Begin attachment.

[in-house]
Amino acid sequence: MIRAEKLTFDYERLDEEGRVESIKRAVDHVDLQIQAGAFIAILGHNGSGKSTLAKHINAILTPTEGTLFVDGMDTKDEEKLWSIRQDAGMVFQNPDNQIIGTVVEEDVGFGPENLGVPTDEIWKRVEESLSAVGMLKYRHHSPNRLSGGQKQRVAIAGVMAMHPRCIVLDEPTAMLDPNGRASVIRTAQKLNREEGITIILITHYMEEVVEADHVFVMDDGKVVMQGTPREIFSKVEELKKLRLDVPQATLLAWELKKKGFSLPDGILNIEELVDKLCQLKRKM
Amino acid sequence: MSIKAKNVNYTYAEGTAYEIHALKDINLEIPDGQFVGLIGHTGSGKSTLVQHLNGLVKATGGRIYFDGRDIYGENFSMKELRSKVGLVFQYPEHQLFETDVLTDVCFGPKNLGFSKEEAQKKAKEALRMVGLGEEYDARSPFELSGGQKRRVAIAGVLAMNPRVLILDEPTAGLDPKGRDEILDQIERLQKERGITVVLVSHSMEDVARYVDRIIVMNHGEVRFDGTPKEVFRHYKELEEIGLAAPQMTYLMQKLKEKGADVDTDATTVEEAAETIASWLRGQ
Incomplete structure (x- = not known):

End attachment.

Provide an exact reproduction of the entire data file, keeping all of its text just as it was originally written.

[in-house]
Amino acid sequence: MIRAEKLTFDYERLDEEGRVESIKRAVDHVDLQIQAGAFIAILGHNGSGKSTLAKHINAILTPTEGTLFVDGMDTKDEEKLWSIRQDAGMVFQNPDNQIIGTVVEEDVGFGPENLGVPTDEIWKRVEESLSAVGMLKYRHHSPNRLSGGQKQRVAIAGVMAMHPRCIVLDEPTAMLDPNGRASVIRTAQKLNREEGITIILITHYMEEVVEADHVFVMDDGKVVMQGTPREIFSKVEELKKLRLDVPQATLLAWELKKKGFSLPDGILNIEELVDKLCQLKRKM
Amino acid sequence: MSIKAKNVNYTYAEGTAYEIHALKDINLEIPDGQFVGLIGHTGSGKSTLVQHLNGLVKATGGRIYFDGRDIYGENFSMKELRSKVGLVFQYPEHQLFETDVLTDVCFGPKNLGFSKEEAQKKAKEALRMVGLGEEYDARSPFELSGGQKRRVAIAGVLAMNPRVLILDEPTAGLDPKGRDEILDQIERLQKERGITVVLVSHSMEDVARYVDRIIVMNHGEVRFDGTPKEVFRHYKELEEIGLAAPQMTYLMQKLKEKGADVDTDATTVEEAAETIASWLRGQ
Incomplete structure (x- = not known):